athar, who was afterwards, if he was 23-28. See Mat. xii. 1-8, and not then, high-priest ; and that his the notes.
name may have been mentioned 23. The ears of corn. The heads rather than that of Ahimelech, as of grain.
being more famous. 1 Sam. xxii. 26. In the days of Abiathar the high 20, 21, 22, xxiii. 6. priest. From 1 Sam. xxi. 1, 2, 8, we 27. The Sabbath was made for man, infer, that the chief actor in the scene and not man for the Sabbath. The with David was not Abiathar, but his institutions, and means, and influ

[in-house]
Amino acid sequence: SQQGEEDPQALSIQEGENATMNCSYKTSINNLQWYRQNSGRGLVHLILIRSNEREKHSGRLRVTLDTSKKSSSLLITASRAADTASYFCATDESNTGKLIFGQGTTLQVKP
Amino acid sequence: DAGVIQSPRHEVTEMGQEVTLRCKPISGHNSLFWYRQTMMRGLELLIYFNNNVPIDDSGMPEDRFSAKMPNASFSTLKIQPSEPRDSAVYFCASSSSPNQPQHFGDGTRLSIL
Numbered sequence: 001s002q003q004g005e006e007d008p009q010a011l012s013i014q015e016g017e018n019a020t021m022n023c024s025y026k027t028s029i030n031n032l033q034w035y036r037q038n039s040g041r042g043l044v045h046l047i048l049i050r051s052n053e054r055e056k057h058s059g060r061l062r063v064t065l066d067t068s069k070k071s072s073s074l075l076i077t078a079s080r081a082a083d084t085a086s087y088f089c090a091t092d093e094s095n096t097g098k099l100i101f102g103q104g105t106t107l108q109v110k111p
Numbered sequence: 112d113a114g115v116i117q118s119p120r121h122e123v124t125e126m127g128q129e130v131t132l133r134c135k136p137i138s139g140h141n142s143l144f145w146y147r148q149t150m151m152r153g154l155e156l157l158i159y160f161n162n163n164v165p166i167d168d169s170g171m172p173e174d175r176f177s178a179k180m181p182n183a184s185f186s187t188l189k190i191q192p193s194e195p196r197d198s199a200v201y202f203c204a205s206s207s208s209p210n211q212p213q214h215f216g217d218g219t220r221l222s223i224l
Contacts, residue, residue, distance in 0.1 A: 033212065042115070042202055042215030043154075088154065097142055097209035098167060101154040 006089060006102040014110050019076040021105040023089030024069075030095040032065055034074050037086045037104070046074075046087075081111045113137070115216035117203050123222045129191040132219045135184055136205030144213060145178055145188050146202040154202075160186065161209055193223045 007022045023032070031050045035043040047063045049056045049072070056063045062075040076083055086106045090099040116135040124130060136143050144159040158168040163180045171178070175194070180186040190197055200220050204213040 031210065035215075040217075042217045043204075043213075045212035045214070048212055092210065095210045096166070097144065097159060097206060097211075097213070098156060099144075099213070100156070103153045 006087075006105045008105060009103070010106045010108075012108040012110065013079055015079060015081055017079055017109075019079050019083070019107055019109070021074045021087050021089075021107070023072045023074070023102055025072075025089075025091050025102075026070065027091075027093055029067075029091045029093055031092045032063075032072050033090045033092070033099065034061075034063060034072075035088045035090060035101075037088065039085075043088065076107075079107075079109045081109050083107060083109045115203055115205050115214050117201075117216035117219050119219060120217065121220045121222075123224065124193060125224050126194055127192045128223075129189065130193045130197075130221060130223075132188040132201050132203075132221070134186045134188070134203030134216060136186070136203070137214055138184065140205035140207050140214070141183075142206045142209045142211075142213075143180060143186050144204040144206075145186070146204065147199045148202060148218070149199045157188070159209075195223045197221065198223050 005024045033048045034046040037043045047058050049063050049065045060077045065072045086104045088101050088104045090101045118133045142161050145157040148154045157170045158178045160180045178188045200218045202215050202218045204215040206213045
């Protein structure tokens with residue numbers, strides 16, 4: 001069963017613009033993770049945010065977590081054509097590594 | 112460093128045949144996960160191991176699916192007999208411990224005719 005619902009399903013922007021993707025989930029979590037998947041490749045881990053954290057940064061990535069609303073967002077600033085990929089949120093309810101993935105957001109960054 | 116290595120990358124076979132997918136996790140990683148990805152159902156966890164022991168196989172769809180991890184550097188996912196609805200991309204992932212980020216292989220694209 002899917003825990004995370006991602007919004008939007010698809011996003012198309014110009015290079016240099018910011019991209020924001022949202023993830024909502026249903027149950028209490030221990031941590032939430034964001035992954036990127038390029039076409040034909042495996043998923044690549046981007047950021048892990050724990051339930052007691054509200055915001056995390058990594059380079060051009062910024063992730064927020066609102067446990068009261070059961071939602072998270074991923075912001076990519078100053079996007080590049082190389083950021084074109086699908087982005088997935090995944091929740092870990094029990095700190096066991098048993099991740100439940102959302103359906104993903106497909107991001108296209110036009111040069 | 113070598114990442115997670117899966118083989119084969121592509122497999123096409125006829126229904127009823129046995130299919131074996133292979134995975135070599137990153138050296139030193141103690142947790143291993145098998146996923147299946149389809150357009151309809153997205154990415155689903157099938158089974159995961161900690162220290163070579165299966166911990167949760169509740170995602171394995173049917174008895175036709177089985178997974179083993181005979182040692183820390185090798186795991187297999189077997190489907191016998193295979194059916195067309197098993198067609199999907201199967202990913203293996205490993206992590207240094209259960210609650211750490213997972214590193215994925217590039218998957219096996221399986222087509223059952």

Miracles of Jesus, and his Choice of the Twelve. AND he entered again into the synagogue; and there was a man there which had a withered hand. And they watched him, 2 whether he would heal him on the Sabbath day; that they might accuse him. And he saith unto the man which had the withered 3 hand, Stand forth. And he saith unto them, Is it lawful to do 4 good on the Sabbath days, or to do evil ? to save life, or to kill ? But they held their peace. And when he had looked round 5 about on them with anger, being grieved for the hardness of their hearts, he saith unto the man, Stretch forth thy hand.